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Dramatic.success.at.Work - Using Theatre Skills to Improve Your Performance

Dramatic.success.at.Work - Using Theatre Skills to Improve Your Performance

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Published by: tps5970 on Nov 20, 2009
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However, there’s a fine line between seeing things through and
holding on too long. While you’ve got to show complete deter-
mination to get results; if you involve others you’ve also got to
give them their head to see it through to the end. Experience tells
us when to hold on, when to let go and when to give others free

This is rather like the difference between ‘delegating’ and
‘dumping’. Good delegation is a two-way process, negotiating with
the person over whether they’re capable and ready to take on a task
or responsibility, setting some goals and coaching them through
the process so that they’re able to deliver what you want. Dumping
is merely offloading onto someone with no support or choice.



‘It takes 20 years to make

an overnight success.’

Eddie Cantor,performer

Our capitalist society is meant to hunger for new ideas and
supposedly stimulates breakthroughs and welcomes them with
open arms. Yet history shows otherwise. In fact it often takes
almost superhuman perseverance to win through, to make some-
thing you want happen. A perennial loser called Sparky, who had
his cartoons rejected by the school magazine and even worse by
Walt Disney, eventually turned himself into Schultz of Peanuts and
Charlie Brown fame. Richard Attenborough took over a decade to
get his film Gandhiinto production. Five publishers turned down
the Harry Potter books. James Dyson hawked his new style vacuum
cleaner fruitlessly around scores of companies.
How come some people beat the odds? Is it luck, who they
know, money, influence? Though all of these play a part, the main
reason a new initiative wins is persistence. Someone, or maybe a
whole team, takes responsibility for seeing it through. Such per-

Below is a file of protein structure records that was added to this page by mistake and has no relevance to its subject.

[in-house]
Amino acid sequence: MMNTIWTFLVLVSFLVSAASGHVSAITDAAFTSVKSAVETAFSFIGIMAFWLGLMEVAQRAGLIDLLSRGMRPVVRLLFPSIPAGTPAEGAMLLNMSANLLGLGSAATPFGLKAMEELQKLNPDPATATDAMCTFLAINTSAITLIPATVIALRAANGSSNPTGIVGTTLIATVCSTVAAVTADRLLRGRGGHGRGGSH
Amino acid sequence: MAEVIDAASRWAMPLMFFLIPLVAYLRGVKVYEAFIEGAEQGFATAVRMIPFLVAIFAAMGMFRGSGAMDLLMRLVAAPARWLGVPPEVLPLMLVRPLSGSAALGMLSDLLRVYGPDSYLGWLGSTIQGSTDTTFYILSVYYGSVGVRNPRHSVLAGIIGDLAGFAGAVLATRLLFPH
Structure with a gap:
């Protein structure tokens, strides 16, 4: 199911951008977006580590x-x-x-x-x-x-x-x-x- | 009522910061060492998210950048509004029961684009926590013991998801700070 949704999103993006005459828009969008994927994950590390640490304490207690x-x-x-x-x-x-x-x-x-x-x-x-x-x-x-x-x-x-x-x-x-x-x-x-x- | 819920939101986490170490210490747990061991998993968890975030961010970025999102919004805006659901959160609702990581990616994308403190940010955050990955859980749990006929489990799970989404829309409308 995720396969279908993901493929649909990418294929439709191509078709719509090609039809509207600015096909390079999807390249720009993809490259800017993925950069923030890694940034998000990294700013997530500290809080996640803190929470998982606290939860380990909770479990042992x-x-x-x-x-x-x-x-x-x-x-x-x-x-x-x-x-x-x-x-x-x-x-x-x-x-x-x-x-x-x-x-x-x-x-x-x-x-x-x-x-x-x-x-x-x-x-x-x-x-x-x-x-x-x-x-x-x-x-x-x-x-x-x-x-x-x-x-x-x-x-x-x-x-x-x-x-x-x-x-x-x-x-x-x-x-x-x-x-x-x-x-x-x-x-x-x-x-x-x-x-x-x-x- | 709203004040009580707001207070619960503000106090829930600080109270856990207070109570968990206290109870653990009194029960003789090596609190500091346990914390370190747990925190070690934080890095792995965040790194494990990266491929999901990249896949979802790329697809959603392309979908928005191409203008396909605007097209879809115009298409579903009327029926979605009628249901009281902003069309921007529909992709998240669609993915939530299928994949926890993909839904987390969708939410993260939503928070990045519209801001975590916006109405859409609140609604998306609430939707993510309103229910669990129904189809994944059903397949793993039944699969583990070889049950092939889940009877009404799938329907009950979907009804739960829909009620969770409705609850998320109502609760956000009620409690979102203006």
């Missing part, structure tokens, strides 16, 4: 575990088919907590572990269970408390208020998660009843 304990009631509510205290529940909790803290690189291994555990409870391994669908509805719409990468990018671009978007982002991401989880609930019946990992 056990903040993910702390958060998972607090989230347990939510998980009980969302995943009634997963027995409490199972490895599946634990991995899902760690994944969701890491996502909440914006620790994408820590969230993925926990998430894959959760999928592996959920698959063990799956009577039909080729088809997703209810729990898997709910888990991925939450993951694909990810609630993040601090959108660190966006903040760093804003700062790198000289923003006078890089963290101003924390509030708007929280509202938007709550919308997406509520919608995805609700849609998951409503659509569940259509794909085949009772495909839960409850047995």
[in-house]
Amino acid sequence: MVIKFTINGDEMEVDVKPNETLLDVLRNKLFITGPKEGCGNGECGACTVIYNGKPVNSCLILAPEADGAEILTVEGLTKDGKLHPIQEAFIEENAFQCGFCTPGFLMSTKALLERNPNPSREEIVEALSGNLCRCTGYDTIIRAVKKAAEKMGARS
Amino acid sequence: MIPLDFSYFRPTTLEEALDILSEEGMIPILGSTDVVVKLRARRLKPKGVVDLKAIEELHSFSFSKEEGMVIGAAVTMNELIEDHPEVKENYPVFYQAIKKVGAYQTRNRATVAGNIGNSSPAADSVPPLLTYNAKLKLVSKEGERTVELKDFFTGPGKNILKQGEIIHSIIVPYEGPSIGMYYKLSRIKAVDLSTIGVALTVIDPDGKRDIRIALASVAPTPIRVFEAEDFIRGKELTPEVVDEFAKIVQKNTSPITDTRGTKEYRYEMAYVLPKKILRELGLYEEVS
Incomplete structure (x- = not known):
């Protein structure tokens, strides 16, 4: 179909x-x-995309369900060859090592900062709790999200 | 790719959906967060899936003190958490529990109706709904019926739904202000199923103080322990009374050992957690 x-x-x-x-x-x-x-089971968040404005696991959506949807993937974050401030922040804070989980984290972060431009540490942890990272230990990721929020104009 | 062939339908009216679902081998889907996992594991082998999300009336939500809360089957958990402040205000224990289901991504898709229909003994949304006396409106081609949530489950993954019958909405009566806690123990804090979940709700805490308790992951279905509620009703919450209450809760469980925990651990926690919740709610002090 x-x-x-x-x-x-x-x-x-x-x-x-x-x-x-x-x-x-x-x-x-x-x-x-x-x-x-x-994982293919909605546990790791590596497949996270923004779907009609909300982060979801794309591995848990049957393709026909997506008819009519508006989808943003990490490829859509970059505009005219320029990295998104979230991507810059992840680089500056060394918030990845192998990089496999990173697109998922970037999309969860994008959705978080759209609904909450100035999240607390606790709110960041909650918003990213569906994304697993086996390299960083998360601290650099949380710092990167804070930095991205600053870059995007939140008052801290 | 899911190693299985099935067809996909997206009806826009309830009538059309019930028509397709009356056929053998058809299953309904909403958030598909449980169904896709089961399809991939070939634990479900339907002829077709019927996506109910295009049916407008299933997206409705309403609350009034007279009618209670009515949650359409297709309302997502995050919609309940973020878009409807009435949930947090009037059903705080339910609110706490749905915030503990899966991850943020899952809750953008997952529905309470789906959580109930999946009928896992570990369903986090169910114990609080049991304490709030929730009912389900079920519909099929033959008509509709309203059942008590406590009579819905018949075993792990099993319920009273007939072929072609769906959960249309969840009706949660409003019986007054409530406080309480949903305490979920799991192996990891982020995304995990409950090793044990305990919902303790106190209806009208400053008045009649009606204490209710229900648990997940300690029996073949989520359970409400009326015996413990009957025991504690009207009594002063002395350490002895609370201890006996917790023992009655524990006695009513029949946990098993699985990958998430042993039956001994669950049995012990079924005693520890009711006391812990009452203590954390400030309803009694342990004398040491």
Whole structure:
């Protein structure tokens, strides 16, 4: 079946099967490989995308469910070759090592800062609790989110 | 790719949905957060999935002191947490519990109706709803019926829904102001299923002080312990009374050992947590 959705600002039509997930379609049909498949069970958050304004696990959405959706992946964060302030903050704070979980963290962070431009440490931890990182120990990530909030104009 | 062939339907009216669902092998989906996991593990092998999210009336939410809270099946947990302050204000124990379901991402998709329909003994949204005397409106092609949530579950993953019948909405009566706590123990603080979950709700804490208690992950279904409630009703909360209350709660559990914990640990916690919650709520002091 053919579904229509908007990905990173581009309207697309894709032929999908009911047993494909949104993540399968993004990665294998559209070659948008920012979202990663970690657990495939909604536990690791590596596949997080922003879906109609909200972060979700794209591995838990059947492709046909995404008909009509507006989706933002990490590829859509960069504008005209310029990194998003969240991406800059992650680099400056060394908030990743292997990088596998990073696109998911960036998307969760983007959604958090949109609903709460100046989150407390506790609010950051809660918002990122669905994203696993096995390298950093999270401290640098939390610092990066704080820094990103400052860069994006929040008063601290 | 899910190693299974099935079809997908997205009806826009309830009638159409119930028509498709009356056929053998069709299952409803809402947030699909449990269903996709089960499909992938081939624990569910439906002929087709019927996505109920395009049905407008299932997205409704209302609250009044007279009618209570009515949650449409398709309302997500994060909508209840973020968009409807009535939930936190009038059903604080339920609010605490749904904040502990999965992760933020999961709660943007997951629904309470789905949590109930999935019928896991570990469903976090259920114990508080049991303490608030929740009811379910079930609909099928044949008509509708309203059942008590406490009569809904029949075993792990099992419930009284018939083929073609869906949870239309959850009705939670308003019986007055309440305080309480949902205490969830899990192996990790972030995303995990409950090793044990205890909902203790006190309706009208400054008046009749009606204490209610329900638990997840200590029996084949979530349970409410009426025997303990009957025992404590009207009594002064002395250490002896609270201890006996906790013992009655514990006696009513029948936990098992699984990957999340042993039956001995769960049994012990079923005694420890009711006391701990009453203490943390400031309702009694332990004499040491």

sistence usually stems from what is at stake.
Listen to Michael Attenborough about his directorial work
at the Royal Shakespeare Company: ‘I suppose the thing that peo-
ple don’t understand is the scale of responsibility. Everything,
absolutely everything, is my responsibility. If a prop is wrong, if a
costume doesn’t look right, if a performance isn’t happening cor-
rectly, if a lighting cue looks ridiculous – whatever – it’s my respon-
sibility, and I wouldn’t have it any other way, speaking personally.
It’s very difficult in any walk of life (and certainly in artistic terms)
to have partial responsibility for something, and the hallmark of
the director’s job is to take complete responsibility.’
For Harrison Ford it was his unshakeable inner belief in his
ability that was at stake. Having trained as an actor he kept going
for years, working in menial jobs and then as a carpenter on a film
set, until he was finally picked for a prime film role.
Most actors know the humiliation of pitching for business in
dispiriting auditions where they are treated like cattle. For them
rejection is personal; it is not the same as having your product or



‘Diamonds are only chunks

of coal,that stuck to their

jobs,you see.’

Minnie Richard Smith,poet

‘I come from a profession

where there was a lot of

discipline.And because

there was a lot of rejection

you have to build a great

deal of self-belief.’

Christopher Reeve,actor,

on coping with disability

service turned down. Such experiences make performers experts in
rejection that many of us would probably find intolerable. How
they handle such struggle and persist carries important lessons for
anyone in business aspiring to make things happen.
While persistence underpins all initiatives, it can also
descend into irrational pig-headedness. That can happen to even
the most talented person. To avoid it you need to be able to listen
to those around you.

For actors and stage directors it’s the audience who give you
the warning. In business, the audience may be anyone from share-
holders to employees who, like you, also care about the company.
For example, against all advice, often passionately expressed, Lord
Simpson of Marconi pressed ahead and sold the company’s most
pedestrian yet profitable lines of business. The company’s shares
became almost worthless within a year.

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